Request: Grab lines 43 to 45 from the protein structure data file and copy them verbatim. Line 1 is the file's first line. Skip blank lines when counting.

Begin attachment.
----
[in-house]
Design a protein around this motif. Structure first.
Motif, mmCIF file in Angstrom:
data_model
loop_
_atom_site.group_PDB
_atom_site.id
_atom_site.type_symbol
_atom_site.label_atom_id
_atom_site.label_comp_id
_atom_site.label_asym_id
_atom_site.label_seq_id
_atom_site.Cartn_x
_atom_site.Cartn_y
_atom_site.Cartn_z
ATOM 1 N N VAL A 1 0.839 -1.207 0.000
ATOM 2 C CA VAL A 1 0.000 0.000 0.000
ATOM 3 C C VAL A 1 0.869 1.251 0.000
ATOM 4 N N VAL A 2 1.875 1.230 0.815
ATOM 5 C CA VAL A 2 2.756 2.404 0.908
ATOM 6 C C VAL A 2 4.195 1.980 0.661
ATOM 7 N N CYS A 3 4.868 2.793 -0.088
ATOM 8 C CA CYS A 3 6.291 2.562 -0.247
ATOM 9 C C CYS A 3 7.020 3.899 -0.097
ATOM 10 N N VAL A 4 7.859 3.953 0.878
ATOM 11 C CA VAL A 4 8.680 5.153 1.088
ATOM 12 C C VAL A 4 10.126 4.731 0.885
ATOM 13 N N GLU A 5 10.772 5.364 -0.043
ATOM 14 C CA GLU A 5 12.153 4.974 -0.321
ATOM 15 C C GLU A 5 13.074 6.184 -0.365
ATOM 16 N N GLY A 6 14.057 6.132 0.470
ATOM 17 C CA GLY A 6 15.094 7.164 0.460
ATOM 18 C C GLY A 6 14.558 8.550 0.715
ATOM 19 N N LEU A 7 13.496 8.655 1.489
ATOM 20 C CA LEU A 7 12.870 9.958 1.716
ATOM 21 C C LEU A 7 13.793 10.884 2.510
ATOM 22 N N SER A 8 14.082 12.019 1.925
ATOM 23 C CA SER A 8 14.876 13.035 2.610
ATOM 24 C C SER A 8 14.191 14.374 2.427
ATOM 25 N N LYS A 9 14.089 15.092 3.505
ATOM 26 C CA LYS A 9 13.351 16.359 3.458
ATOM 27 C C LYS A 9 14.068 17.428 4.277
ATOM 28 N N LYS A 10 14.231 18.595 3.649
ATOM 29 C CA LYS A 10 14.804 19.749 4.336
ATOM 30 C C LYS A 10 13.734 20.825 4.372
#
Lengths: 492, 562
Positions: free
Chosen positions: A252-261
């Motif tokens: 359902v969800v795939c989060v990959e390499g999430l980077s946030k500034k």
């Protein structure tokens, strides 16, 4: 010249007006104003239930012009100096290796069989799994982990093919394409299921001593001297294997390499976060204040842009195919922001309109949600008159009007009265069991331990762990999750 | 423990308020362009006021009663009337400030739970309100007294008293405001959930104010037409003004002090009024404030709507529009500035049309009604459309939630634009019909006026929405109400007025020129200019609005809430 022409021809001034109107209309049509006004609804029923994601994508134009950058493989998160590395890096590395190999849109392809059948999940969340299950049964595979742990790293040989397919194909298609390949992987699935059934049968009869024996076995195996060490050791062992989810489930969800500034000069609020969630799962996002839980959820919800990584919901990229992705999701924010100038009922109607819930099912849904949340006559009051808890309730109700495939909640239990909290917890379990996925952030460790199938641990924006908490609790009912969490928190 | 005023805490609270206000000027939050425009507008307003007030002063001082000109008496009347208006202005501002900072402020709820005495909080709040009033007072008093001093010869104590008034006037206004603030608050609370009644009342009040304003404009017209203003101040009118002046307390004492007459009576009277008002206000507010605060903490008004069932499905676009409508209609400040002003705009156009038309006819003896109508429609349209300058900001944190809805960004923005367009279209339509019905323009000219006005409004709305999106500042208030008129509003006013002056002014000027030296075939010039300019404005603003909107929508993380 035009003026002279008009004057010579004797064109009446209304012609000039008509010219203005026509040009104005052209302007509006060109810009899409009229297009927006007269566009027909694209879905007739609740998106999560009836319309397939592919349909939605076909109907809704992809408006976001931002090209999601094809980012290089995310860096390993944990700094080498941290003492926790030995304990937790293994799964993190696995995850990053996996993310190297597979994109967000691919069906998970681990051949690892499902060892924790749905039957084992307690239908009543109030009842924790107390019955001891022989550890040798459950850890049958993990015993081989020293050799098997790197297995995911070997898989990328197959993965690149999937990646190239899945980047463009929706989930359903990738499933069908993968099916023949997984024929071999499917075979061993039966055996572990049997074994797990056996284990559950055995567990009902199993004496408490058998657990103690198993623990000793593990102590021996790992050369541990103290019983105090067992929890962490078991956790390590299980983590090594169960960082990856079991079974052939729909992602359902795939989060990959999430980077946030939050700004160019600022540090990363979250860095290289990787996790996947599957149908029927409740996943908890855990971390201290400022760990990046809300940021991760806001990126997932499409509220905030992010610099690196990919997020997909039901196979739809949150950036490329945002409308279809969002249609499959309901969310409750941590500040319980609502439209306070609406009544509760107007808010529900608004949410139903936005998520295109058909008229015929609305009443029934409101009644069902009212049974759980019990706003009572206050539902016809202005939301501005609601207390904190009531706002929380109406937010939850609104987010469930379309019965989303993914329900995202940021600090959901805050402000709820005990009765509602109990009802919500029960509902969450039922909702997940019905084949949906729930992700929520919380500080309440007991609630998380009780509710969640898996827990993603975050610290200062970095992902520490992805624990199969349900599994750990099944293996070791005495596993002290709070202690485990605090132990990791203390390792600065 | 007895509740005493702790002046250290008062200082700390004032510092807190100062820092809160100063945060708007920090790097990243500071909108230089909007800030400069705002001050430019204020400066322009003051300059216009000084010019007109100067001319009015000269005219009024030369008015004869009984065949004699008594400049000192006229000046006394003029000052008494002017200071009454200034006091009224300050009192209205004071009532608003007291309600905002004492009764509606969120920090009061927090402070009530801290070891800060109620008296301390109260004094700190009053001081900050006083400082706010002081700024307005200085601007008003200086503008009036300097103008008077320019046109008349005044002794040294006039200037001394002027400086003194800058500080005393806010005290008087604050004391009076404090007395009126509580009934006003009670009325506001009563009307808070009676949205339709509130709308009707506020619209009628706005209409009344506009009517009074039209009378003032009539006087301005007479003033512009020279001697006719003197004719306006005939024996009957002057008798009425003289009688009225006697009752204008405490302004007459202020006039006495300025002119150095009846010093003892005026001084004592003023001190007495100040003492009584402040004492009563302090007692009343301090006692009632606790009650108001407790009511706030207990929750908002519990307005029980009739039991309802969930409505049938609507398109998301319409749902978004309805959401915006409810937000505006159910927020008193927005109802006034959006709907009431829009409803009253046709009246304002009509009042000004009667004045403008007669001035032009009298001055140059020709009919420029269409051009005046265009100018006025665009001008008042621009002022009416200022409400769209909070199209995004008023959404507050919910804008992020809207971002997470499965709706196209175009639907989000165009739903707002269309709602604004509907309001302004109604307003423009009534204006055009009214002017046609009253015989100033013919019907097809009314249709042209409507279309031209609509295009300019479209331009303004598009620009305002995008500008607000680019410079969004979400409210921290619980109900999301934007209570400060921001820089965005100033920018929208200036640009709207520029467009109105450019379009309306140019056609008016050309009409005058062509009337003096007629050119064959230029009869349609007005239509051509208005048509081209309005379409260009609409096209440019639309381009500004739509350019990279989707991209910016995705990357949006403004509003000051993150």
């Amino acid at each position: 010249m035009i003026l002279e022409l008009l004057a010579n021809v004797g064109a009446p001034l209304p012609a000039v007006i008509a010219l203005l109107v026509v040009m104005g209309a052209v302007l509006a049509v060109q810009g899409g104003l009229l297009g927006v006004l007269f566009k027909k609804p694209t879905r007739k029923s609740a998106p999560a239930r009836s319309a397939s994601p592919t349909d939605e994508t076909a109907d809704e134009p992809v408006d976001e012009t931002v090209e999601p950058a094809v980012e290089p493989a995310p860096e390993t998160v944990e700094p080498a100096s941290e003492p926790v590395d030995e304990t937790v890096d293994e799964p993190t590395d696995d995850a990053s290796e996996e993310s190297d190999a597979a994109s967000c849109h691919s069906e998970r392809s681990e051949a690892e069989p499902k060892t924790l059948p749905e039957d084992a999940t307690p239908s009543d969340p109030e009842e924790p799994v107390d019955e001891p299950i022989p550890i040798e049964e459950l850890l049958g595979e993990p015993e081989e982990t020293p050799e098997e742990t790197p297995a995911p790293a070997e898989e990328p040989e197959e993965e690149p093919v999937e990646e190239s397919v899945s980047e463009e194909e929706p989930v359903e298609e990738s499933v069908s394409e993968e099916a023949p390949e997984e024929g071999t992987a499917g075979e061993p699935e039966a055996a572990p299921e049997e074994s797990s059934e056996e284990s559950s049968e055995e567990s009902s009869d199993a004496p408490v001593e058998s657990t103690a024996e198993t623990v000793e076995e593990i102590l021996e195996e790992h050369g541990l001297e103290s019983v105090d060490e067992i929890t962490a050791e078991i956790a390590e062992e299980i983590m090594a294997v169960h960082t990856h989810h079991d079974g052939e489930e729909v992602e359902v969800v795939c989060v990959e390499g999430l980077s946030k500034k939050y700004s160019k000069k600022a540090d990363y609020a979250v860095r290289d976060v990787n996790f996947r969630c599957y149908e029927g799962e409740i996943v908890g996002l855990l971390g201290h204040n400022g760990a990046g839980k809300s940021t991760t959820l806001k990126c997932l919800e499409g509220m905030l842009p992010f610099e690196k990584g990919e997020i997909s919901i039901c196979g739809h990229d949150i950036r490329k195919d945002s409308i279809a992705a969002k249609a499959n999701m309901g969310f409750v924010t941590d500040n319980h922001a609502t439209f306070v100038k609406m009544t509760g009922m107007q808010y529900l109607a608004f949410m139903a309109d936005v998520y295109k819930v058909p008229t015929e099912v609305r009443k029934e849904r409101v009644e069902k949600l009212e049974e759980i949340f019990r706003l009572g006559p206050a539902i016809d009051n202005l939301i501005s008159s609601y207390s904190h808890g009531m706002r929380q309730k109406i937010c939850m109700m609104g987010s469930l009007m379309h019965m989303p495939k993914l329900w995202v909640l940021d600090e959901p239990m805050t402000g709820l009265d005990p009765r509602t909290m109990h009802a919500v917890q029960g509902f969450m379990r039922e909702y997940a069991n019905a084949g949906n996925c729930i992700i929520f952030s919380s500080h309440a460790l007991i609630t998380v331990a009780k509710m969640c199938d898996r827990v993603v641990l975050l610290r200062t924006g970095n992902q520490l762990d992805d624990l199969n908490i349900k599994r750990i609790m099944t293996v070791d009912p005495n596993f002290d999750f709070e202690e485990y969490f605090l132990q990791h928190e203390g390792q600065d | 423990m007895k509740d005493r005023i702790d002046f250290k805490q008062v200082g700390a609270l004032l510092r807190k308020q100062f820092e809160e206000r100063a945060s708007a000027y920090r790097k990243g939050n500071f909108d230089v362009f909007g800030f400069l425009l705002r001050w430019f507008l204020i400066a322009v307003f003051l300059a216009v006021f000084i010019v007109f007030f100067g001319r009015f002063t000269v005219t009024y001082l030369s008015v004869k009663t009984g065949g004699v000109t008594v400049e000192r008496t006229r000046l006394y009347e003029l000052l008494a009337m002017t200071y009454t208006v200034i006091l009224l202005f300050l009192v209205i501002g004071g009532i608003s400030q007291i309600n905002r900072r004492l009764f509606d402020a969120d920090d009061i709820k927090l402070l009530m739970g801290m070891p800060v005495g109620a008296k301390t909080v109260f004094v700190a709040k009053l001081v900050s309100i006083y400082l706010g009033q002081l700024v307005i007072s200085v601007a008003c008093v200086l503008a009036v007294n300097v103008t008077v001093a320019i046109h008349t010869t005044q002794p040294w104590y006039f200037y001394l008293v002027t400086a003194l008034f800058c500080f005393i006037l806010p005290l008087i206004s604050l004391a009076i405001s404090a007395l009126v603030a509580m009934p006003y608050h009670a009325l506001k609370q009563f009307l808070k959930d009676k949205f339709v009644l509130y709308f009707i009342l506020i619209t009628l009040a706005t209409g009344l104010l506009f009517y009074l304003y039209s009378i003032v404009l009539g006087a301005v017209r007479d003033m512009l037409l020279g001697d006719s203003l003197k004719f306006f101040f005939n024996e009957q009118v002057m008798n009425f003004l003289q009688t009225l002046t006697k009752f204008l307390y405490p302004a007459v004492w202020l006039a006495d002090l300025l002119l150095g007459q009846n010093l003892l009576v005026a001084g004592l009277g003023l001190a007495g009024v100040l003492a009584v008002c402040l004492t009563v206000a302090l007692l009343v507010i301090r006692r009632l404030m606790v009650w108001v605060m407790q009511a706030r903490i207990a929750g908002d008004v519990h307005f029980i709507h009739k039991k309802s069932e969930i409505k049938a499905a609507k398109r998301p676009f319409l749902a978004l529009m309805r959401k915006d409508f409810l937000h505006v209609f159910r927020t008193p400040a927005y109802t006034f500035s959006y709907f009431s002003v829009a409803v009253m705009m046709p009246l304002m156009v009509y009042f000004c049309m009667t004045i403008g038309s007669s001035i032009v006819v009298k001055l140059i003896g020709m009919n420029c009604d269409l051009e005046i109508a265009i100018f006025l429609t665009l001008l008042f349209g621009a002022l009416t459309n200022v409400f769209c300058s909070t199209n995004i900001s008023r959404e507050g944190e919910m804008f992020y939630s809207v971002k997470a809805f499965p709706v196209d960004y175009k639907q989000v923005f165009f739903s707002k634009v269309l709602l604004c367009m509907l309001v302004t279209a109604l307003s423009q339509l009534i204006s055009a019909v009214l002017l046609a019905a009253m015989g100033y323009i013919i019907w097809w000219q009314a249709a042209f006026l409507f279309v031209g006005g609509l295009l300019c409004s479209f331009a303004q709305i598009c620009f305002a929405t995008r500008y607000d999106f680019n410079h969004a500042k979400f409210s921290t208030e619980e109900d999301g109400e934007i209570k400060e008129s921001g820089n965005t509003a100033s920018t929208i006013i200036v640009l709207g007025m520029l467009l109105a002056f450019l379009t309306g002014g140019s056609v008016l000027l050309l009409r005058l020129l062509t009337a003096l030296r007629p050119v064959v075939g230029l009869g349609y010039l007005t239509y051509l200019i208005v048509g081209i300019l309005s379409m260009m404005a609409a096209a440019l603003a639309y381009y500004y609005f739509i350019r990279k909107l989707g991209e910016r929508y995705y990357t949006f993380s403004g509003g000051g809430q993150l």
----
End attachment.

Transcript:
ATOM 28 N N LYS A 10 14.231 18.595 3.649
ATOM 29 C CA LYS A 10 14.804 19.749 4.336
ATOM 30 C C LYS A 10 13.734 20.825 4.372